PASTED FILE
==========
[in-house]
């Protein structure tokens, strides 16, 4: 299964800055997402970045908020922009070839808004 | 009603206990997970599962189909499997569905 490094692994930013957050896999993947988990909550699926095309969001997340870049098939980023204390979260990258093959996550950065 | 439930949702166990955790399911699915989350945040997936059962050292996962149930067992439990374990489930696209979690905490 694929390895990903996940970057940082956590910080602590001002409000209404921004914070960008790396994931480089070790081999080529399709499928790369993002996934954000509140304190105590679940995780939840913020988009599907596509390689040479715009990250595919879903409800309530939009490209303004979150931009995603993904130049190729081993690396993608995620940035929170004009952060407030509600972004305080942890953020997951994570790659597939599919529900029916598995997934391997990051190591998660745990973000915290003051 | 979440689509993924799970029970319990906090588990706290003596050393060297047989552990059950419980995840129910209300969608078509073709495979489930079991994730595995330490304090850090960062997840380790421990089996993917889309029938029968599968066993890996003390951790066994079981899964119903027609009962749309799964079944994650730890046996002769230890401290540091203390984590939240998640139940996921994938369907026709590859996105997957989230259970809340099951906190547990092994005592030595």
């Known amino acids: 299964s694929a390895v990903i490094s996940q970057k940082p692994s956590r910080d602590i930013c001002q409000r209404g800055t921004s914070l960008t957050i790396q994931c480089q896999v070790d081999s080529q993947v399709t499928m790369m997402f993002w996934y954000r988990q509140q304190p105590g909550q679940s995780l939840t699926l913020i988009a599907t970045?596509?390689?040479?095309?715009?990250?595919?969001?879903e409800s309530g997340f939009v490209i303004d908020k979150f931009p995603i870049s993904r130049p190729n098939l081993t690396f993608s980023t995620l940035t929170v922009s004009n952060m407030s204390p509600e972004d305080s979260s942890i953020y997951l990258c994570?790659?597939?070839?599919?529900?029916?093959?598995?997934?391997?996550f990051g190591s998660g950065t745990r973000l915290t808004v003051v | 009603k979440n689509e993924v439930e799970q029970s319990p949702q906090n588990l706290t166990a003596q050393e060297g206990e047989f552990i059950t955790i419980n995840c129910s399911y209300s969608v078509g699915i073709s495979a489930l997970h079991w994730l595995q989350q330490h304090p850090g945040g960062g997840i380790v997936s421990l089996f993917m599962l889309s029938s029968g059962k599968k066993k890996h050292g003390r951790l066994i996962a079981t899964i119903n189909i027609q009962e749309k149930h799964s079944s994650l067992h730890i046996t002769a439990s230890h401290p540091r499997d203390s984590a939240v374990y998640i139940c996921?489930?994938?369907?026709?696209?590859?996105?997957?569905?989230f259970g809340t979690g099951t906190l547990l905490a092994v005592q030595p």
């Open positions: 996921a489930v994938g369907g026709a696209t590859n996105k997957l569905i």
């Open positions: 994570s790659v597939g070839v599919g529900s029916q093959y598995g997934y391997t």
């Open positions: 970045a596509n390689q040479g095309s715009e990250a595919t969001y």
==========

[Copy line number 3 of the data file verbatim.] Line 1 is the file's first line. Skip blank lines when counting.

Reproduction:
């Known amino acids: 299964s694929a390895v990903i490094s996940q970057k940082p692994s956590r910080d602590i930013c001002q409000r209404g800055t921004s914070l960008t957050i790396q994931c480089q896999v070790d081999s080529q993947v399709t499928m790369m997402f993002w996934y954000r988990q509140q304190p105590g909550q679940s995780l939840t699926l913020i988009a599907t970045?596509?390689?040479?095309?715009?990250?595919?969001?879903e409800s309530g997340f939009v490209i303004d908020k979150f931009p995603i870049s993904r130049p190729n098939l081993t690396f993608s980023t995620l940035t929170v922009s004009n952060m407030s204390p509600e972004d305080s979260s942890i953020y997951l990258c994570?790659?597939?070839?599919?529900?029916?093959?598995?997934?391997?996550f990051g190591s998660g950065t745990r973000l915290t808004v003051v | 009603k979440n689509e993924v439930e799970q029970s319990p949702q906090n588990l706290t166990a003596q050393e060297g206990e047989f552990i059950t955790i419980n995840c129910s399911y209300s969608v078509g699915i073709s495979a489930l997970h079991w994730l595995q989350q330490h304090p850090g945040g960062g997840i380790v997936s421990l089996f993917m599962l889309s029938s029968g059962k599968k066993k890996h050292g003390r951790l066994i996962a079981t899964i119903n189909i027609q009962e749309k149930h799964s079944s994650l067992h730890i046996t002769a439990s230890h401290p540091r499997d203390s984590a939240v374990y998640i139940c996921?489930?994938?369907?026709?696209?590859?996105?997957?569905?989230f259970g809340t979690g099951t906190l547990l905490a092994v005592q030595p």